A series from The Washington Post gives me hope that well-financed, ambitious journalism still has a place today. The Post’s series, “Half a Tank: Along Recession Road,” is a fascinating quilt of vignettes and photography that helps to humanize the nation’s worst recession since World War II.
Some say this caliber of journalism is not possible anymore. Critics say newsrooms’ tempered vision prevents such projects from becoming reality; in this uncertain age, newsrooms would rather “do more with less." Sadly, I venture to guess the pessimists – sometimes, I admit, I am one – are occasionally right. Media companies, instead of taking a collective first step into the New Era, act as lemmings. As a result, they are sometimes plagued with group-think, hesitation and inaction. Meantime, the industry continues to decay. When will it be too late? Is it already? (I sure hope not.)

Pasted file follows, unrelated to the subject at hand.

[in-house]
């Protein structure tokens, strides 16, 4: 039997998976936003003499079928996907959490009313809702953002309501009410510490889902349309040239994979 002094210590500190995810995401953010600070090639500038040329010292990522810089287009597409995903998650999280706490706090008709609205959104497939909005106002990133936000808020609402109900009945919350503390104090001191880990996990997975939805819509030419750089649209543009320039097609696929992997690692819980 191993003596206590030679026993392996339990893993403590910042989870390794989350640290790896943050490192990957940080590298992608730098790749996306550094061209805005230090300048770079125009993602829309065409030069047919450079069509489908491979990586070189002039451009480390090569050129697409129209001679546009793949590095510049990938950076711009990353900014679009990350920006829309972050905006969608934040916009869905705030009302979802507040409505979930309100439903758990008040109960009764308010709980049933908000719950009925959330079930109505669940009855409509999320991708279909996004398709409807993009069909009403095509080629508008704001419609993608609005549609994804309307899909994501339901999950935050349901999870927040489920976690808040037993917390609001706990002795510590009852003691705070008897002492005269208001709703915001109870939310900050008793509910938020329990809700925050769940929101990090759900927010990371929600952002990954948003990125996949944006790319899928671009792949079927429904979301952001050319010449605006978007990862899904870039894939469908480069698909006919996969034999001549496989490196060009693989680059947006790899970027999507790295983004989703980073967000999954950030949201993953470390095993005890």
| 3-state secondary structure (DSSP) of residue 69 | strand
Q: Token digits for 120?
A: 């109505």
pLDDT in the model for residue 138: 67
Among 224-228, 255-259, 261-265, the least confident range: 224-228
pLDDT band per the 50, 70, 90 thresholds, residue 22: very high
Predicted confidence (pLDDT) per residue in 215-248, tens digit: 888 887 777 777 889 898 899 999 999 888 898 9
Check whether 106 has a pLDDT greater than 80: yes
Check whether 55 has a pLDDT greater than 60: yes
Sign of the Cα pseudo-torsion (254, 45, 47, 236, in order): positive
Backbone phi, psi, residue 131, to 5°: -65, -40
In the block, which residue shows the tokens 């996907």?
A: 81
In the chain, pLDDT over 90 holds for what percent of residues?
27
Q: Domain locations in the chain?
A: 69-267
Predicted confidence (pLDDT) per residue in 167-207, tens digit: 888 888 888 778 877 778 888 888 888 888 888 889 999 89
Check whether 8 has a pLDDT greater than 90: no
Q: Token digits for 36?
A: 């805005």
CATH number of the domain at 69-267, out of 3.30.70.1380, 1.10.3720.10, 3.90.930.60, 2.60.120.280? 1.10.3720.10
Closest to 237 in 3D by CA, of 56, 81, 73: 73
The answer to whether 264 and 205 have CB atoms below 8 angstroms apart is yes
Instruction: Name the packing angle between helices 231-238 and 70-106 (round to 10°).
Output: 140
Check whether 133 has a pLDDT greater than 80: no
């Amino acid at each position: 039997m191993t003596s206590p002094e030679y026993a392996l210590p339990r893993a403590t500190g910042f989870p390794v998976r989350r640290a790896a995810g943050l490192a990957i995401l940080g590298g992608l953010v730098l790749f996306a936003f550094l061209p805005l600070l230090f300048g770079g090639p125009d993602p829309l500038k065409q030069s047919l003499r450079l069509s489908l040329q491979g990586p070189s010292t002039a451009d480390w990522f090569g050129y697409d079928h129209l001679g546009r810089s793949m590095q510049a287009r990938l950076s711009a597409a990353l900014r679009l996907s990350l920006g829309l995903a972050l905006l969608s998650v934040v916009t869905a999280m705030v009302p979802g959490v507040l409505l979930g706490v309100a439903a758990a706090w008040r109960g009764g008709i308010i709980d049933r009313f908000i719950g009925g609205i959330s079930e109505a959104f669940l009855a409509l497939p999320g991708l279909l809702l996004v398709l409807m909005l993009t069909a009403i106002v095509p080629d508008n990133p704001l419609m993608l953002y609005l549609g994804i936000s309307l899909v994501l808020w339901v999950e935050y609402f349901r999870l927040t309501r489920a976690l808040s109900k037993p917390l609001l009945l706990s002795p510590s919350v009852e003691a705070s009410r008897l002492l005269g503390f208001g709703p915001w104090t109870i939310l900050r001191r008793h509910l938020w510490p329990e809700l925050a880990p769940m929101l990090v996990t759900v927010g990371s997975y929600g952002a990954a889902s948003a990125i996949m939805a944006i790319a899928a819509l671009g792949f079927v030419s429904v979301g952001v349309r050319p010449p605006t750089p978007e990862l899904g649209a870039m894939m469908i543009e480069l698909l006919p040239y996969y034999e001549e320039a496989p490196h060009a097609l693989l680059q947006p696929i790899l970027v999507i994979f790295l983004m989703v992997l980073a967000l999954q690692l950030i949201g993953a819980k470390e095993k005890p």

Kudos to editors at The Post for finding some light in the fog. No doubt this was an expensive undertaking. And, to be fair, perhaps only a national publication such as The Post would be able to finance it. But I present this piece not as an isolated incident but as a representation of what journalism could be.
We are entering a journalistic golden age. For those who are brave enough to innovate, the next decade will offer unprecedented opportunity. I picture a day when video, photography, text, social networking and Web presentation will complement one another to tell compelling narratives. Newspapers will die, but what follows will offer more freedom. Who would not want to be part of the renaissance?
It will take time. There will be a difficult learning curve. But for those who dare to dream, the horizon offers limitless potential.